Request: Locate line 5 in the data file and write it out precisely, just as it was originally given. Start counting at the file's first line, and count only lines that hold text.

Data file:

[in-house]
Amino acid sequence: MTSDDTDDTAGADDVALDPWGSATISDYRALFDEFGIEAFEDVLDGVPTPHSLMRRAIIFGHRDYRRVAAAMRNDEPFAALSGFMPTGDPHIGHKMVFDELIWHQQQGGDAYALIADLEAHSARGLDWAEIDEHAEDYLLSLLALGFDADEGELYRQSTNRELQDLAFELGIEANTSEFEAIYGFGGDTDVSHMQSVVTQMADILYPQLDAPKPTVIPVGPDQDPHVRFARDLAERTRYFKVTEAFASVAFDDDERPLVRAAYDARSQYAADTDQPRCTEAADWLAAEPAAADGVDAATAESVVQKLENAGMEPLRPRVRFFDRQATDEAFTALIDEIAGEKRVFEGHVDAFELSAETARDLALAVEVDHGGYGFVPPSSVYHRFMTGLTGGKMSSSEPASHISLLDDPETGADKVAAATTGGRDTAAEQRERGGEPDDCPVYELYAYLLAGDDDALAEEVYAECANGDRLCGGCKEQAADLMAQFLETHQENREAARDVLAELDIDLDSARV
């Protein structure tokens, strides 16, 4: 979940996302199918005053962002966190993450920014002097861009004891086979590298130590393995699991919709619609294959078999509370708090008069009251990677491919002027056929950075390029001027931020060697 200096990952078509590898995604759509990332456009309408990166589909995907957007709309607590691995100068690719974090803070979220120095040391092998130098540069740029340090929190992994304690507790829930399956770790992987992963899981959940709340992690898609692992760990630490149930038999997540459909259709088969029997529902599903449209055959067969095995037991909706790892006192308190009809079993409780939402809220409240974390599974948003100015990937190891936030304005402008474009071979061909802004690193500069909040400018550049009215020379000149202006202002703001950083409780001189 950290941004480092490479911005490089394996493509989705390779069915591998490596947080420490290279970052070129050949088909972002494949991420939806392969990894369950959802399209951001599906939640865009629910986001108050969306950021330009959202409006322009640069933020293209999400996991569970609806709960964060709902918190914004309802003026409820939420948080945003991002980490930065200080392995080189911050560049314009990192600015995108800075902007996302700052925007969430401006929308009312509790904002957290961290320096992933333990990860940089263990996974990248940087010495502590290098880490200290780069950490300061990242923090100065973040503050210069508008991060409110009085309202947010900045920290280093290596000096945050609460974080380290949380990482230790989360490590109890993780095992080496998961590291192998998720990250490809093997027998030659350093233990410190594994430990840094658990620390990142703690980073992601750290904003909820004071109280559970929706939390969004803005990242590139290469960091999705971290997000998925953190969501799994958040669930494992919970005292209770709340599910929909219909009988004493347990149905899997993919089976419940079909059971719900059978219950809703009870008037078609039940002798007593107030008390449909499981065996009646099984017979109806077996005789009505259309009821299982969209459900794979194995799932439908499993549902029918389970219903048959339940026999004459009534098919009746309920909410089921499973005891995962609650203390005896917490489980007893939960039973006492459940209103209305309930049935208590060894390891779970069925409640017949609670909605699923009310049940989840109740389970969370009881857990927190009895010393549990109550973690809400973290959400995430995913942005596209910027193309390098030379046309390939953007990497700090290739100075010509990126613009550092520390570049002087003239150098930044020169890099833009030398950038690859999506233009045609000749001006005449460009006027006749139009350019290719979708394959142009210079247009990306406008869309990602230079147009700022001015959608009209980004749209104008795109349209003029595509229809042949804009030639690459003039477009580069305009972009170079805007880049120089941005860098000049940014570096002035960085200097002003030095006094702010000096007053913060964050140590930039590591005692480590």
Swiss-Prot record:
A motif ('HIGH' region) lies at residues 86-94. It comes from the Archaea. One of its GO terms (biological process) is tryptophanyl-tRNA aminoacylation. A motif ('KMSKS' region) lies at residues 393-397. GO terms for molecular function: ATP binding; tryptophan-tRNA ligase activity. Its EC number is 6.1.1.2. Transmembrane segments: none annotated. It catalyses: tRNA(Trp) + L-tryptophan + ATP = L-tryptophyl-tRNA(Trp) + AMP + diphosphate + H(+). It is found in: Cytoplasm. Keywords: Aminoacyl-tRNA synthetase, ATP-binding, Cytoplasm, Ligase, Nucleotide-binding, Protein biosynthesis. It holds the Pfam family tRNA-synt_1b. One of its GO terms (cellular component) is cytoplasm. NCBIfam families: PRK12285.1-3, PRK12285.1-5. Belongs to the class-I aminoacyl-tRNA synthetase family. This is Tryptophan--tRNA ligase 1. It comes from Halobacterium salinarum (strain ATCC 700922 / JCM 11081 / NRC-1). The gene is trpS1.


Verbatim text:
A motif ('HIGH' region) lies at residues 86-94. It comes from the Archaea. One of its GO terms (biological process) is tryptophanyl-tRNA aminoacylation. A motif ('KMSKS' region) lies at residues 393-397. GO terms for molecular function: ATP binding; tryptophan-tRNA ligase activity. Its EC number is 6.1.1.2. Transmembrane segments: none annotated. It catalyses: tRNA(Trp) + L-tryptophan + ATP = L-tryptophyl-tRNA(Trp) + AMP + diphosphate + H(+). It is found in: Cytoplasm. Keywords: Aminoacyl-tRNA synthetase, ATP-binding, Cytoplasm, Ligase, Nucleotide-binding, Protein biosynthesis. It holds the Pfam family tRNA-synt_1b. One of its GO terms (cellular component) is cytoplasm. NCBIfam families: PRK12285.1-3, PRK12285.1-5. Belongs to the class-I aminoacyl-tRNA synthetase family. This is Tryptophan--tRNA ligase 1. It comes from Halobacterium salinarum (strain ATCC 700922 / JCM 11081 / NRC-1). The gene is trpS1.